U.S. government contractor Raytheon, the world’s largest maker of missiles, has come up with a microwave, or “millimeter wave energy” pain weapon.
When pointed at you, the Silent Guardian Protection System makes you feel like you’re on fire, effectively focusing your concentration on getting the hell away from it.
The U.S. Department of Defense, which unveiled the weapon in late January during a demonstration at Moody AFB in
Ideally, the heat beam doesn’t actually burn you, it just makes you feel like you’re burning. The company claims the weapon causes no physical harm; the “burning” sensation ends the moment the operator refocuses the “ray” away from your body or you move out of its focus.
What the heat beam does is penetrate the skin to a depth of 1/64th of an inch, heating it to 130 degrees. Apparently, after a few seconds, the discomfort becomes “intolerable;” getting away from it is both instinctive and imperative.
The DoD hopes to use these weapons in
There is a good argument for crowd-control devices which don’t actually injure people, devices that can be focused on individuals rather than groups (unlike tear gas, which makes everyone in the immediate area gasp for air and cry). Other non-lethal weapons used for crowd control, like rubber bullets and bean-bag rounds, have sometimes gone terribly wrong, maiming and badly injuring people, even killing them. If you’re in a crowd of protesters, being injured or even killed just for standing there and shouting slogans might seem a bit over the top.
Non-lethal rounds fired from guns also have the drawback of requiring the shooter to be in fairly close proximity to the raging mob. The heat beam is effective up to 500 meters and can be used from a safe distance.
So a weapon that doesn’t actually harm anyone, but does make them rethink their argument very quickly – in fact, makes them run away as fast as they can go -- is hard to argue against. It sounds like a great idea.
And it would be, if the weapon was foolproof and never used, changed, or “improved” for darker or more deadly purposes.
Yeah, I believe that, too.
Mr. Wren and I had a propane-fueled, on-demand water heater installed here at the Wren’s Nest a few years back. The manual recommends that the temperature be set for no more than 125 degrees Fahrenheit, which is more than adequate for our showers. Our dishwasher heats the already hot water up quite a lot more for sanitation purposes, so I’m happy. The reason the manual gives for limiting the temperature to 125 degrees, though, is that water hotter than that – say, 130 degrees – can scald human skin within a few seconds.
Now, imagine what might happen if the ADS heat beam was directed on a person who was sweating, or wet. The risk for people wearing contact lenses, eye glasses, carrying keys or coins, wearing clothing with metal zippers, buttons or belt buckles is also a concern. And what if you can’t run for some reason when the beam hits you? Does it just keep burning ... and burning ...?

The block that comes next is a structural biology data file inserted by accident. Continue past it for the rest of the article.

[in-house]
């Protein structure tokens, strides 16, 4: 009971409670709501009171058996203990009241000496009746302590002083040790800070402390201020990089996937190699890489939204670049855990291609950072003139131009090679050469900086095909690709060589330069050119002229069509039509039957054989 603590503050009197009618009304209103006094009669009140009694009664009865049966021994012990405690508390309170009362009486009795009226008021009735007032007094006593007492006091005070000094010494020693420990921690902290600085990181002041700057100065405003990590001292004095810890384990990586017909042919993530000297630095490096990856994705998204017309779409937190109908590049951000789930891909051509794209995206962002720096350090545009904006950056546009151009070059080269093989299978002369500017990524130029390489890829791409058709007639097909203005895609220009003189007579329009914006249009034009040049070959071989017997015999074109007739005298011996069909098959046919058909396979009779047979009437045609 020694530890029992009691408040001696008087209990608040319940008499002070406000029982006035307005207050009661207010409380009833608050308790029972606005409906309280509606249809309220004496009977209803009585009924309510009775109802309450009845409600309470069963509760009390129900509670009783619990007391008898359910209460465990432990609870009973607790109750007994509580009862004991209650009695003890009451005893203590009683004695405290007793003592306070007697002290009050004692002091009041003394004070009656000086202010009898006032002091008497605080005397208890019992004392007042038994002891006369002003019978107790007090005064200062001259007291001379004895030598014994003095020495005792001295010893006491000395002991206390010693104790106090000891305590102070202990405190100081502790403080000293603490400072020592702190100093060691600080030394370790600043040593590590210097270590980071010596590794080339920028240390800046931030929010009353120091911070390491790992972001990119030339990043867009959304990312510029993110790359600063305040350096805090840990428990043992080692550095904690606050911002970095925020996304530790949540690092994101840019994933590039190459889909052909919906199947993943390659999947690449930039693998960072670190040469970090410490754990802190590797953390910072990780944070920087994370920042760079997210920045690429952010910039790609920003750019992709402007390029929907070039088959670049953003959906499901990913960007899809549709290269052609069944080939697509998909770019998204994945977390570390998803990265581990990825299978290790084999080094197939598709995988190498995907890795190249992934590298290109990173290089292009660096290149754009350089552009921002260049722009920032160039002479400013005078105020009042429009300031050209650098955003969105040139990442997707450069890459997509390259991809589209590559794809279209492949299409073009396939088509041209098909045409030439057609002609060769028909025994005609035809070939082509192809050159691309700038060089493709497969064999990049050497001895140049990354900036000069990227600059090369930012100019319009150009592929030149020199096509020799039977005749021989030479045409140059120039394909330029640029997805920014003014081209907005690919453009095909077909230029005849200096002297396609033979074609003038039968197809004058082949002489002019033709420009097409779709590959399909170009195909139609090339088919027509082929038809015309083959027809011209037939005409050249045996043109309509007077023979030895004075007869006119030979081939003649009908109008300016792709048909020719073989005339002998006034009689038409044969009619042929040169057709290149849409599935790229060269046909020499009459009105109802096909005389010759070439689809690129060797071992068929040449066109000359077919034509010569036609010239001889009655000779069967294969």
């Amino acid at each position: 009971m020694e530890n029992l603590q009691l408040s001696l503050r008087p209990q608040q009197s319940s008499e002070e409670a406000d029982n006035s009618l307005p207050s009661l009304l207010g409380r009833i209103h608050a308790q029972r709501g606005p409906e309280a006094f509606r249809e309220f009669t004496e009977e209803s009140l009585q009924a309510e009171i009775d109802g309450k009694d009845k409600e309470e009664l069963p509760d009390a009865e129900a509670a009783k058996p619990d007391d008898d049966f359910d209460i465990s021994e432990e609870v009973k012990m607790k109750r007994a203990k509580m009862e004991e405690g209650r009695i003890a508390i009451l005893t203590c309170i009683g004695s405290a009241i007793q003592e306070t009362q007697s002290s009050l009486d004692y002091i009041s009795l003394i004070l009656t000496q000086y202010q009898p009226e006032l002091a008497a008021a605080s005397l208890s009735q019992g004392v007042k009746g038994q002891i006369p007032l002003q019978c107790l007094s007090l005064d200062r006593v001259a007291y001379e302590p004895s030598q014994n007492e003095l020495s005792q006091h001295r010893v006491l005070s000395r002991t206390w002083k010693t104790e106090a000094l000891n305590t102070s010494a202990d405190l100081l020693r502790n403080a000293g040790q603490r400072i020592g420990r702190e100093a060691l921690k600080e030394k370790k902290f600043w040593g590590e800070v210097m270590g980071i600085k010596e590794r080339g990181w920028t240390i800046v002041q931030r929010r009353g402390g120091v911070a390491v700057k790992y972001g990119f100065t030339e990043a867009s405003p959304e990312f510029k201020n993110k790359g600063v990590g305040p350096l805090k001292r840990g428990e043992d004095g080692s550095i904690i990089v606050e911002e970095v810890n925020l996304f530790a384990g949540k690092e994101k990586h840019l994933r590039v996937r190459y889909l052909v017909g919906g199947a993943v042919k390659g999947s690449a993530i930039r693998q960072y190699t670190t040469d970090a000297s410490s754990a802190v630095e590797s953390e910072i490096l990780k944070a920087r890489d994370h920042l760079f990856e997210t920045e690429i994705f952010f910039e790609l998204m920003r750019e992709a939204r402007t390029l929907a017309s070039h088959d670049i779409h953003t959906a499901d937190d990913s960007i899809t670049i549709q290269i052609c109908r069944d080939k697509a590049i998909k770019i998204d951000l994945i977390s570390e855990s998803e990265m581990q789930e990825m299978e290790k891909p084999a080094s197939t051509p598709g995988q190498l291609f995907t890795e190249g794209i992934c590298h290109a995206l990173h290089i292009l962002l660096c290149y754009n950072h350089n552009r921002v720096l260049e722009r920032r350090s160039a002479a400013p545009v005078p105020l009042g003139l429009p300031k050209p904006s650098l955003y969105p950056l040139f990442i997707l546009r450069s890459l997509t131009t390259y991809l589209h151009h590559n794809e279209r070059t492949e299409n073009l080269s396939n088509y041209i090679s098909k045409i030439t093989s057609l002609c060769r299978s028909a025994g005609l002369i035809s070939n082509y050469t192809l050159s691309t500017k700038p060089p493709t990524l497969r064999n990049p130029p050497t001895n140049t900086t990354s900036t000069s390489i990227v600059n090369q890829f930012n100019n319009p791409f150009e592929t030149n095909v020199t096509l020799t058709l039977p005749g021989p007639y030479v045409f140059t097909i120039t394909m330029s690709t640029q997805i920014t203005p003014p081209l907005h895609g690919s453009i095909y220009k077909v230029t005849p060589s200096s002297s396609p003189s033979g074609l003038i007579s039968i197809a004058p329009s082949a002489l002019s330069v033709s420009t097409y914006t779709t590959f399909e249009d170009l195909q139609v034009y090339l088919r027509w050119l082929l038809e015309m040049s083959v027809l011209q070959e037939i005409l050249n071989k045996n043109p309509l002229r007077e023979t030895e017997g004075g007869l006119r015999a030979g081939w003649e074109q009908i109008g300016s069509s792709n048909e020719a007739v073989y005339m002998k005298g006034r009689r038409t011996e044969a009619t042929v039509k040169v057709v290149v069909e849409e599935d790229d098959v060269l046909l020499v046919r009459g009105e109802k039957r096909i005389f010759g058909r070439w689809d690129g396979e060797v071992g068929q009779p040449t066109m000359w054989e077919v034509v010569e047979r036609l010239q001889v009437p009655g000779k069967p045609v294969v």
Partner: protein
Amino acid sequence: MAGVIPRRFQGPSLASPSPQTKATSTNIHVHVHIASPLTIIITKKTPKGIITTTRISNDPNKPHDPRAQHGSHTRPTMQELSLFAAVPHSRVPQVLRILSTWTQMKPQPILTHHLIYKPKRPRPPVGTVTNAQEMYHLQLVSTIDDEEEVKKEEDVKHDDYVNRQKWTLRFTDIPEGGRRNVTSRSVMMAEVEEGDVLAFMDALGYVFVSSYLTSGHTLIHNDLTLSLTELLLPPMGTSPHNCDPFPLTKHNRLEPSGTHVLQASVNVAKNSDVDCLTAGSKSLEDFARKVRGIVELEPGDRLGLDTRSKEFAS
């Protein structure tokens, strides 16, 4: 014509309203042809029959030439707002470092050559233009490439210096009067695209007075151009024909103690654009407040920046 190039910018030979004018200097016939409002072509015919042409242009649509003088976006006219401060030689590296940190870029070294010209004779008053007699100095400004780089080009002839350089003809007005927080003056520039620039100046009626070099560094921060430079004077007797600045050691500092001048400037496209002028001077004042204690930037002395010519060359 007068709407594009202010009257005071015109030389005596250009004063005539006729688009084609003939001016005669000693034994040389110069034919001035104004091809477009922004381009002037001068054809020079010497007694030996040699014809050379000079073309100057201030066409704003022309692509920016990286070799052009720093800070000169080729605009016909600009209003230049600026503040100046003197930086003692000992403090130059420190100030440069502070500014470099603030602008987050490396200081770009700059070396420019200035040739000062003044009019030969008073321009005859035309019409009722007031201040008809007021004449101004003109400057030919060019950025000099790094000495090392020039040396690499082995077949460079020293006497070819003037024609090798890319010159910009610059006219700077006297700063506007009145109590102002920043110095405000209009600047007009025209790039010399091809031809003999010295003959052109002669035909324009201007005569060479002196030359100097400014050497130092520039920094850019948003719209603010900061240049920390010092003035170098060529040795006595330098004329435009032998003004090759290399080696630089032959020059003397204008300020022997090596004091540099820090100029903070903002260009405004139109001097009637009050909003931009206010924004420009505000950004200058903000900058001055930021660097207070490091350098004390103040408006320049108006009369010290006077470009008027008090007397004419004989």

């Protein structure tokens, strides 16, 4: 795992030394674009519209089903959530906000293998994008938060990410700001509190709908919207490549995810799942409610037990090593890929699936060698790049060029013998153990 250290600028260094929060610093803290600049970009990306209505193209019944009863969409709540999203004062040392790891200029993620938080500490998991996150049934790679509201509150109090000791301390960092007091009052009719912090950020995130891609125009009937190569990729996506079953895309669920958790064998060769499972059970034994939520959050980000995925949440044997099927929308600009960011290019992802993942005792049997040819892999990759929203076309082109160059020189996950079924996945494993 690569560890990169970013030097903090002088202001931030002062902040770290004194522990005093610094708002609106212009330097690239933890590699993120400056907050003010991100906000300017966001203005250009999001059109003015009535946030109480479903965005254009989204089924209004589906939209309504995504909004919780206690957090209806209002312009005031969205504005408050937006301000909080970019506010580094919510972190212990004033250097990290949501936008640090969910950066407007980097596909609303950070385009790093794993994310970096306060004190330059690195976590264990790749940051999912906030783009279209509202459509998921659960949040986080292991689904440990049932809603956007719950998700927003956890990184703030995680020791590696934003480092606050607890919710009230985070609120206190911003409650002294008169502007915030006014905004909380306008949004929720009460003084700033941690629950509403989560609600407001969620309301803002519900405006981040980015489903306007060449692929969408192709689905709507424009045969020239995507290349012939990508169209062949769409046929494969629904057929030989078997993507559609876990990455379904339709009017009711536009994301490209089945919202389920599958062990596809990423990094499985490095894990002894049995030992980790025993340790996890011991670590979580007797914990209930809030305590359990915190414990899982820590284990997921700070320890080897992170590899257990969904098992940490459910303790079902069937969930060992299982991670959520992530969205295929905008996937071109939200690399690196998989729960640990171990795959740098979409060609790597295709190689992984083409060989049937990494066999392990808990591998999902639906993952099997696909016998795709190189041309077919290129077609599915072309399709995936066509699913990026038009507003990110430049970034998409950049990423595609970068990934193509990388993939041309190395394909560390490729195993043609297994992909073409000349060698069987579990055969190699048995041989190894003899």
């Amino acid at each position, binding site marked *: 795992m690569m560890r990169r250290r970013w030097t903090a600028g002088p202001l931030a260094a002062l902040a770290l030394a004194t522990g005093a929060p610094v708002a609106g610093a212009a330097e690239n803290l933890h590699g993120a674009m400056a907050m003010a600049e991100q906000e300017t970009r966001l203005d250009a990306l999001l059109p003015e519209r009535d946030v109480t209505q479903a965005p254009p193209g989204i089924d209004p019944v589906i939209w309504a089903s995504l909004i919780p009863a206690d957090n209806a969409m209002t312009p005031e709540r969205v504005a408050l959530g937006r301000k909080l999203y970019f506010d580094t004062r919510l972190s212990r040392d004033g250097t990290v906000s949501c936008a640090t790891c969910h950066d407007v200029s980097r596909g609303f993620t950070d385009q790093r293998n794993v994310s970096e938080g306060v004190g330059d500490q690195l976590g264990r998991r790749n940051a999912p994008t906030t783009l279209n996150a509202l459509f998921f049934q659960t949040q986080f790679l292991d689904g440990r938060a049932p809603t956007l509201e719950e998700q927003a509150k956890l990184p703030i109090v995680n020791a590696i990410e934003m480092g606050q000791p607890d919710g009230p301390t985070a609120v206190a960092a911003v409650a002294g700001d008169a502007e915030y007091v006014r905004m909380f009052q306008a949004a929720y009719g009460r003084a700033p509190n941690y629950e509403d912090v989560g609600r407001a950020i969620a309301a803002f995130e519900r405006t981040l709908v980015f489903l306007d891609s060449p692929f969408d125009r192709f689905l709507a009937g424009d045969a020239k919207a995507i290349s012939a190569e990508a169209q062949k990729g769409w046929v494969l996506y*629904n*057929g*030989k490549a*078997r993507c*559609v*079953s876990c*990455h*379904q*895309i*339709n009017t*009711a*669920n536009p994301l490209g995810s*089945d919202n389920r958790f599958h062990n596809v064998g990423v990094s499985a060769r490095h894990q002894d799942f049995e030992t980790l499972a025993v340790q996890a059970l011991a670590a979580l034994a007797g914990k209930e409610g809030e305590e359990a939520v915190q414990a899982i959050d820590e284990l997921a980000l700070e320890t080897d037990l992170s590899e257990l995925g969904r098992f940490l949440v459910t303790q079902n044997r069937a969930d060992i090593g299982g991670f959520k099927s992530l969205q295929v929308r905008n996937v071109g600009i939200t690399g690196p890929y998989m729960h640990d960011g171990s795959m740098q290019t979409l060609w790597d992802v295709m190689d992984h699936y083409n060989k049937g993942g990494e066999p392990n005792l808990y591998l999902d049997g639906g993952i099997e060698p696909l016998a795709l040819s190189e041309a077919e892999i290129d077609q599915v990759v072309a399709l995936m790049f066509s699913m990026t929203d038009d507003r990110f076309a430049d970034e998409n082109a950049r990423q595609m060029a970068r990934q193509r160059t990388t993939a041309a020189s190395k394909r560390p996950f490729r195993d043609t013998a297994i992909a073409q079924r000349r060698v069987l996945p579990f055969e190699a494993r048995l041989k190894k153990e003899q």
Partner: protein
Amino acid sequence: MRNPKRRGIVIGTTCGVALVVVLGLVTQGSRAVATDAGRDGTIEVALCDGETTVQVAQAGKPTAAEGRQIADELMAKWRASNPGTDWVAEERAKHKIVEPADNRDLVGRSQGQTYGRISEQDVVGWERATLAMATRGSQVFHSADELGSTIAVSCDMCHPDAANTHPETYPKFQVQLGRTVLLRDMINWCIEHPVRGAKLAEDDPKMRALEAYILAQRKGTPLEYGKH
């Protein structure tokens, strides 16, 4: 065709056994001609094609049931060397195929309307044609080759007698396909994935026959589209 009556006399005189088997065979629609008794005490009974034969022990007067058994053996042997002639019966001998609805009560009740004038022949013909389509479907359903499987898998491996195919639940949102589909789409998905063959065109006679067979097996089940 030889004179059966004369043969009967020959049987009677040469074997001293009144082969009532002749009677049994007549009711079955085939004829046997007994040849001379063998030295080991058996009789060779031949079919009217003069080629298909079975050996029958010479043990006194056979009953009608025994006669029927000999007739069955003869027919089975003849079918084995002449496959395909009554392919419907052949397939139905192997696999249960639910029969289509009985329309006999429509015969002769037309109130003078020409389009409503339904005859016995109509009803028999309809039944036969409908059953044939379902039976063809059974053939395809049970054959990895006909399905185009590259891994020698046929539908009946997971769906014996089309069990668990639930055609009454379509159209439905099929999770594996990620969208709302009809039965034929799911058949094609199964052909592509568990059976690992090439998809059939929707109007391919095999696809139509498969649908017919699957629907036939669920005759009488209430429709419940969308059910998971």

Because the weapon shoots the microwave heat as a beam of light, it can bounce off buildings, water and even the ground. Tests showed that such phenomenon could conceivably double the intensity of the microwave heat. Wouldn't want to be in the way of that ricochet.
In one instance during testing, a volunteer victim was accidentally subjected to an intensified beam by the ADS operator, which caused second-degree burns. Seems the device was turned up too high.
The ADS prototype weighs, with its power source, around five tons. It’s cumbersome and, one expects, probably very expensive.
But so were computers, once upon a time. The first one I worked with in the early 80s took up the entire floor of a very large building; the computer I’m writing this post on is smaller than a school binder, and can do far more. My laptop is huge compared to a Blackberry. And I have a little ol’ one gigabyte thumb drive that’s – yes, the size of than my thumb and can store immense amounts of information. If I write posts for this blog until I’m 95, I’ll probably never fill it up.
Technology has grown so sophisticated that it doesn’t take long anymore to make things smaller, cheaper, better, with far more functions.
Apparently, DoD has come up with a smaller version already which can be mounted on a modified Humvee. Raytheon, thinking ahead, is working on an even smaller ADS, mounted on a tripod, which could be used by local police forces.
My overwrought imagination conjures visions straight out of Star Trek. That phaser that Capt. Kirk used could stun, injure or kill, depending on how threatened he felt at the moment. It could cut through metal, melt stone and even disintegrate things. Being nothing more than a concentrated ray of energized light, its range was immense. It was hand-sized, accurate and fit on his belt (even during his late chunky period), and it was instantly ready for any emergency.
Hold on to your hats. Raytheon is also working on a "personnel halting and stimulation response" device for commercial use. A “PHaSR.”